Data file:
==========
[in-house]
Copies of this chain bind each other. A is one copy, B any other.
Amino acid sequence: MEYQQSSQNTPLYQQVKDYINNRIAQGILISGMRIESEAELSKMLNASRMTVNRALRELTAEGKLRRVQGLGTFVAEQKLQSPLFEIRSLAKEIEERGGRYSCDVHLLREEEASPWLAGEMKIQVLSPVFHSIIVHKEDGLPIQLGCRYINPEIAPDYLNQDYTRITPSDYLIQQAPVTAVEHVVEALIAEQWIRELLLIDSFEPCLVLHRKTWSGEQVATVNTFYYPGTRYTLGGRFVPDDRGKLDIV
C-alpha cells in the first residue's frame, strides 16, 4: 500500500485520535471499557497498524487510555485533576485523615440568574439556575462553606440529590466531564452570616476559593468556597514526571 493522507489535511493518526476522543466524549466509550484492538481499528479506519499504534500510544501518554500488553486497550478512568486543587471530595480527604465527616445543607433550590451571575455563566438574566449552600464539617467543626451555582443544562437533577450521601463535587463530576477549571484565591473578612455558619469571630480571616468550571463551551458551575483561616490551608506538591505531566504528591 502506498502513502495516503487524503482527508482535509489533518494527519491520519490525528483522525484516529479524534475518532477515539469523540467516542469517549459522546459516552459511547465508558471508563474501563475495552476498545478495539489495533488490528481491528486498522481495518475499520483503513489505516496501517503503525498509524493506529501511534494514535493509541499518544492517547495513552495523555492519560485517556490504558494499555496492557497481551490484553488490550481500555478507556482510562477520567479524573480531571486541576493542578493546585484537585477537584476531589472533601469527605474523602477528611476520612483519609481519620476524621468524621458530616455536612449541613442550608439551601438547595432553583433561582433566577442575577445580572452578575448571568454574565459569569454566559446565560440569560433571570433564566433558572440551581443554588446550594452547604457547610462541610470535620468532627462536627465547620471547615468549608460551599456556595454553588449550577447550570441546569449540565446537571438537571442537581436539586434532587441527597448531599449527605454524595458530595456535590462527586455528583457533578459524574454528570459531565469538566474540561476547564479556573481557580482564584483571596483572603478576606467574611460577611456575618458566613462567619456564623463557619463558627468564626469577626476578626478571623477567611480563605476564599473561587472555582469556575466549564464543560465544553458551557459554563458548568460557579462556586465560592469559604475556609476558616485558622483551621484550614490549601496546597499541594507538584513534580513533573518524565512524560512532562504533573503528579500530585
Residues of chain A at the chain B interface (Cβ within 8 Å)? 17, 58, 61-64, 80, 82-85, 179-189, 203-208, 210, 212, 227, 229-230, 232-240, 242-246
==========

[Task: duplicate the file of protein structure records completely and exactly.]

[in-house]
Copies of this chain bind each other. A is one copy, B any other.
Amino acid sequence: MEYQQSSQNTPLYQQVKDYINNRIAQGILISGMRIESEAELSKMLNASRMTVNRALRELTAEGKLRRVQGLGTFVAEQKLQSPLFEIRSLAKEIEERGGRYSCDVHLLREEEASPWLAGEMKIQVLSPVFHSIIVHKEDGLPIQLGCRYINPEIAPDYLNQDYTRITPSDYLIQQAPVTAVEHVVEALIAEQWIRELLLIDSFEPCLVLHRKTWSGEQVATVNTFYYPGTRYTLGGRFVPDDRGKLDIV
C-alpha cells in the first residue's frame, strides 16, 4: 500500500485520535471499557497498524487510555485533576485523615440568574439556575462553606440529590466531564452570616476559593468556597514526571 493522507489535511493518526476522543466524549466509550484492538481499528479506519499504534500510544501518554500488553486497550478512568486543587471530595480527604465527616445543607433550590451571575455563566438574566449552600464539617467543626451555582443544562437533577450521601463535587463530576477549571484565591473578612455558619469571630480571616468550571463551551458551575483561616490551608506538591505531566504528591 502506498502513502495516503487524503482527508482535509489533518494527519491520519490525528483522525484516529479524534475518532477515539469523540467516542469517549459522546459516552459511547465508558471508563474501563475495552476498545478495539489495533488490528481491528486498522481495518475499520483503513489505516496501517503503525498509524493506529501511534494514535493509541499518544492517547495513552495523555492519560485517556490504558494499555496492557497481551490484553488490550481500555478507556482510562477520567479524573480531571486541576493542578493546585484537585477537584476531589472533601469527605474523602477528611476520612483519609481519620476524621468524621458530616455536612449541613442550608439551601438547595432553583433561582433566577442575577445580572452578575448571568454574565459569569454566559446565560440569560433571570433564566433558572440551581443554588446550594452547604457547610462541610470535620468532627462536627465547620471547615468549608460551599456556595454553588449550577447550570441546569449540565446537571438537571442537581436539586434532587441527597448531599449527605454524595458530595456535590462527586455528583457533578459524574454528570459531565469538566474540561476547564479556573481557580482564584483571596483572603478576606467574611460577611456575618458566613462567619456564623463557619463558627468564626469577626476578626478571623477567611480563605476564599473561587472555582469556575466549564464543560465544553458551557459554563458548568460557579462556586465560592469559604475556609476558616485558622483551621484550614490549601496546597499541594507538584513534580513533573518524565512524560512532562504533573503528579500530585
Residues of chain A at the chain B interface (Cβ within 8 Å)? 17, 58, 61-64, 80, 82-85, 179-189, 203-208, 210, 212, 227, 229-230, 232-240, 242-246